Research Project:  I will be studying the population dynamics of small-mouth salamanders (Ambystoma texanum), a Species-At-Risk in Canada that can only be found on Pelee Island in Lake Erie. Amphibian species are difficult to gather enough information for a population estimate due to their cryptic nature. This problem is compounded in my project due to a separate lineage of female salamanders that can incorporate small-mouth and blue-spotted salamander (Ambystoma laterale) DNA into their genome. This unisexual complex makes determining the species of an individual salamander virtually impossible using traditional methods (e.g. by sight), but fairly easy using genetics. My project will develop a non-invasive technique of DNA extraction that we can combine with a standard mark-recapture method to estimate the population size of the small-mouth salamander in Canada.

Professional Placement:  Ontario Ministry of Natural Resources and Forestry (Peterborough) in the fall of 2017

Felipe Torres Vanegas – Ph.D. Candidate (University of Toronto, Mississauga)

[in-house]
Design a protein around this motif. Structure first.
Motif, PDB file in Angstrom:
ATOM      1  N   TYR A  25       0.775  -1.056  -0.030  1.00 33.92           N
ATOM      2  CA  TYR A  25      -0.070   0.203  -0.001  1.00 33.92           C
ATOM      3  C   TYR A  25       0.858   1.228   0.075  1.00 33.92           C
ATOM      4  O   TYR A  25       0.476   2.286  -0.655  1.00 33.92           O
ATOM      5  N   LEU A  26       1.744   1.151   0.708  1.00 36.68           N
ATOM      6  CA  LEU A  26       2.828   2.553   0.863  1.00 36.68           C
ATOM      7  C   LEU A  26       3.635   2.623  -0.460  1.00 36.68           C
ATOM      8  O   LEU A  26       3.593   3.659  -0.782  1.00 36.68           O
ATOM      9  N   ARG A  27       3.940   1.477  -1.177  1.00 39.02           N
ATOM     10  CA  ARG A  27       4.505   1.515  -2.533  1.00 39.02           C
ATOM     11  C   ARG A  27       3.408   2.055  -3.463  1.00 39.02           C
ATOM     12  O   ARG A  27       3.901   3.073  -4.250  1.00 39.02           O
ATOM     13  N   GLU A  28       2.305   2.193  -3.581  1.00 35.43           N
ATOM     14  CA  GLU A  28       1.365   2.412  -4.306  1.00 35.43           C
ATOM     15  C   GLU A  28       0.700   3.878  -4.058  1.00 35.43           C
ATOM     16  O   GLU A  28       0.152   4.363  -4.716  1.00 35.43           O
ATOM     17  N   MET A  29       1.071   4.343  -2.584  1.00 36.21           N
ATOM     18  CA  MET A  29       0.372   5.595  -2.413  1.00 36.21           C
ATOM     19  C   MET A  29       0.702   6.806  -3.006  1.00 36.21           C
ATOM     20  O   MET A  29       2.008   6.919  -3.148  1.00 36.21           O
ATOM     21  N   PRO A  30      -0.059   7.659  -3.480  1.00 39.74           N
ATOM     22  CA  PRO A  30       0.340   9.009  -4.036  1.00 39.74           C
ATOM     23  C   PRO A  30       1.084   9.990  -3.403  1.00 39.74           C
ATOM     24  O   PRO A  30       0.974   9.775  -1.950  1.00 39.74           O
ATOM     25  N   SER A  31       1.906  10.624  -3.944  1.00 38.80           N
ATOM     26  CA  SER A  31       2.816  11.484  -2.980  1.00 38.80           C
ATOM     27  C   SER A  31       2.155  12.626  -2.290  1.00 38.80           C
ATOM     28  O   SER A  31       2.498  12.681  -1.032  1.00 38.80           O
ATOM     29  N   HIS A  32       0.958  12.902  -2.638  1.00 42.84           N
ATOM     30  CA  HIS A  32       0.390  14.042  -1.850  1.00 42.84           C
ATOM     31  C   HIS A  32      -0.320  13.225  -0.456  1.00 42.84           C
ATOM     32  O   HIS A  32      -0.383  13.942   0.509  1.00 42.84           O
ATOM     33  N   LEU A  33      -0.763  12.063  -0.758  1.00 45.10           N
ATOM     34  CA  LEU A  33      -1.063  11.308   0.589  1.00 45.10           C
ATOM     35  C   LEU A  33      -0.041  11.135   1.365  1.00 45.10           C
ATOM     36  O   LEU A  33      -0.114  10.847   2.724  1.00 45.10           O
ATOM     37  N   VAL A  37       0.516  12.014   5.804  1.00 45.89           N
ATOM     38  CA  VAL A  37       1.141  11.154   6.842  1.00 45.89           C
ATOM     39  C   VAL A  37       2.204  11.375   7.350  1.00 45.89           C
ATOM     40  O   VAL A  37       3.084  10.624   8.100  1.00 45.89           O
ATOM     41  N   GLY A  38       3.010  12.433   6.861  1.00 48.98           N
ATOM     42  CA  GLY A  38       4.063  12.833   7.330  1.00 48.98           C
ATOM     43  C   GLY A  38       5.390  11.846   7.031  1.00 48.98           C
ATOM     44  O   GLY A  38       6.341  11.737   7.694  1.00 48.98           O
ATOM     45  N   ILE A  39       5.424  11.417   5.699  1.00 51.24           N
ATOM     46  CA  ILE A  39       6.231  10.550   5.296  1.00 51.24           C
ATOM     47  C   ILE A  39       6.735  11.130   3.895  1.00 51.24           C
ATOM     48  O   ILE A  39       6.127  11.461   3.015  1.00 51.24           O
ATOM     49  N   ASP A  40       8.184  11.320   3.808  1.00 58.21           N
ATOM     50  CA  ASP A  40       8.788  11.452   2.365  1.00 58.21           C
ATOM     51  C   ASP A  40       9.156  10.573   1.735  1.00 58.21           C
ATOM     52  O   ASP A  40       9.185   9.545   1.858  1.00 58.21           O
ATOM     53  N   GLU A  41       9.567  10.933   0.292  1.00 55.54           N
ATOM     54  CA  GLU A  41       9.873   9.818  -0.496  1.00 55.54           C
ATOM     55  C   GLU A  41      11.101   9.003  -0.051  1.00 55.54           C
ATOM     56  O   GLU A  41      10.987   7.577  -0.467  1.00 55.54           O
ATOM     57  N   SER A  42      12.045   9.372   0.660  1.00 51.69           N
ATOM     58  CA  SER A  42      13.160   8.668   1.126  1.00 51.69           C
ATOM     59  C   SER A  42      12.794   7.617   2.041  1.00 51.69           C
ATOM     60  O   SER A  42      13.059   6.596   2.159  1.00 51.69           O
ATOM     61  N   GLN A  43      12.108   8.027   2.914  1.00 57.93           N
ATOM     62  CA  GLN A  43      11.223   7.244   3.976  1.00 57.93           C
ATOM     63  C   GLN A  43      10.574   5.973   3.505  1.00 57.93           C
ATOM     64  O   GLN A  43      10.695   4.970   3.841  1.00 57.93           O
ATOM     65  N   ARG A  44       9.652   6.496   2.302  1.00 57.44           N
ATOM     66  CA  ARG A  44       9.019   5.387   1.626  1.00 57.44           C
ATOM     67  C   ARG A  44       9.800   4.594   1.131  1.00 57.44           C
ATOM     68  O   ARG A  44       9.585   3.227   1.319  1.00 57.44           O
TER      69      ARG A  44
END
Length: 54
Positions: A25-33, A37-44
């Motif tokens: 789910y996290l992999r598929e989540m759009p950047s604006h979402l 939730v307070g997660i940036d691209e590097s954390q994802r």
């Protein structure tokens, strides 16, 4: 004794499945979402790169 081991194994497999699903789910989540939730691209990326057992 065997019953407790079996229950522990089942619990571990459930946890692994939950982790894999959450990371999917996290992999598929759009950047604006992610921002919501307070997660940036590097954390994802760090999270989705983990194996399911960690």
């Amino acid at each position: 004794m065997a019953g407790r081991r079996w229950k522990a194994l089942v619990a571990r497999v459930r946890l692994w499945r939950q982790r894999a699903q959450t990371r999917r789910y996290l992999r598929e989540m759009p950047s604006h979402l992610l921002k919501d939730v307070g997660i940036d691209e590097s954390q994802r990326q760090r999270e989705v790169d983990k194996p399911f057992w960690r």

Research Project:  Habitat loss and fragmentation together are considered to be primary drivers of biodiversity loss worldwide. Habitat fragmentation can also catalyze increased genetic drift and decreased gene flow between habitat patches, leading to loss of genetic diversity and reduced population fitness and long term viability. I will be exploring the effects that habitat configuration has on pollination dynamics and seed dispersal in Heliconia tortuosa, a tropical keystone plant species. Specifically, I will be determining the relative and combined response of pollen- and seed-mediated gene flow in varying degrees of tropical forest fragmentation, i.e. patch size and patch connectivityThis will be accomplished be quantifying different measures of genetic diversity, spatial genetic structure and contemporary pollen flow, and correlating these findings with habitat configuration. Ultimately, it is hoped that conservation strategies can be developed to maintain and promote gene flow between habitat patches to sustain long term population viability of H. tortuosa, which is dependent on hummingbird pollination.